Disability, Impairment and Handicap Defined


According to the Social Security Administration:

Disability: The inability to engage in any substantial gainful activity by reason of any medically determinable physical or mental impairments which can be expected to result in deal or which has lasted or can be expected to last for a continuous period of not less than 12 months.


Impairment: Functional restrictions (cognitive/physical) that result from anatomical, physiological, or a psychological abnormalities which are demonstrable by medically acceptable clinical and laboratory diagnostic techniques.


According to Bradely et al, Disability and Rehabilitation, 1993:

Disability: Any restriction or lack (resulting from an impairment) of the ability to perform an activity in the manner or within the ranges considered normal for a human being.


Impairment: Any loss of abnormality of psychological, physiological, or anatomical structure or function.

Handicap: A disadvantage fo a given individual resulting from an impairment or a disability, that limits or prevents the fulfillment of a role that is normal (depending on age, sex and social and cultural factors) for that individual.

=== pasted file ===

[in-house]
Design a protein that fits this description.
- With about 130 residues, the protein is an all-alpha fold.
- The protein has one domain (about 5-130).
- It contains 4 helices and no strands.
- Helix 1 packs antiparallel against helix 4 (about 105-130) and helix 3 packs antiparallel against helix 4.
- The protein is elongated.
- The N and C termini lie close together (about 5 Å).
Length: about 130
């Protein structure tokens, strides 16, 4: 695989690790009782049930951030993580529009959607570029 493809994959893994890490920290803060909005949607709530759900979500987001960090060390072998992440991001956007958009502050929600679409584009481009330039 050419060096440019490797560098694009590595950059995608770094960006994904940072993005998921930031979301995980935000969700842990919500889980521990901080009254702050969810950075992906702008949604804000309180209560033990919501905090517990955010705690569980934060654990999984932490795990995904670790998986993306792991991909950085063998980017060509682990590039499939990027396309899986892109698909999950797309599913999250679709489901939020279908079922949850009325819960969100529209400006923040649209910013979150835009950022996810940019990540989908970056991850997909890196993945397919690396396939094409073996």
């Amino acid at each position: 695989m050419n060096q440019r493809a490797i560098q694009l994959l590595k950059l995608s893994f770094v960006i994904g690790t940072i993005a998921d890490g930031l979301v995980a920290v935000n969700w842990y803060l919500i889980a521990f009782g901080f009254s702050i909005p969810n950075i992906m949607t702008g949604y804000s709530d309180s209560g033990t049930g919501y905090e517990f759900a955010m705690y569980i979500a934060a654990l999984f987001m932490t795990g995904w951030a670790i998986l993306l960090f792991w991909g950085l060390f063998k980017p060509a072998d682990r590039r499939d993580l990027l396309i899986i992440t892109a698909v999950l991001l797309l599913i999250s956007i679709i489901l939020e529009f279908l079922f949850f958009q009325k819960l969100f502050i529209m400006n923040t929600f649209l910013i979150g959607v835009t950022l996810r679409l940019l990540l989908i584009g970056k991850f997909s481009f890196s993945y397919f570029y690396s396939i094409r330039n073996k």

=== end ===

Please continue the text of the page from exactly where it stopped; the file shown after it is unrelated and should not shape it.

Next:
An impairment stands alone, without a disability or handicap present. A disability dictates that an impairment must be present. A handicap dictates that either an impairment or disability must be present.


Permanent total disability is when a claimant meets a listing of injuries which presume total disability, and benefits are paid through the lifespan of the claimant.


A temporary total disability is presumption of short-term inability to work. Benefits are of weekly income replacement when the worker is expected to recover and return to work.

Permanent partial disability is when a claimant loses total use of a member of the body, such as an eye, foot or finger.


Temporary partial disability is when an injured worker is partially incapacitated during the course of the work day on which the injury occurs, and is subsequently able to work without permanent impairment, part-time or light-duty status until full recovery.

Social Security Disability Insurance (SSDI) provides benefits to pay lost earnings to disabled workers whose disability is expected to last more than a year. Supplemental Security Income (SSI) provides payments to disabled children up to age 18 and those over age 65. Workers Compensation is a state based Social Insurance benefit.

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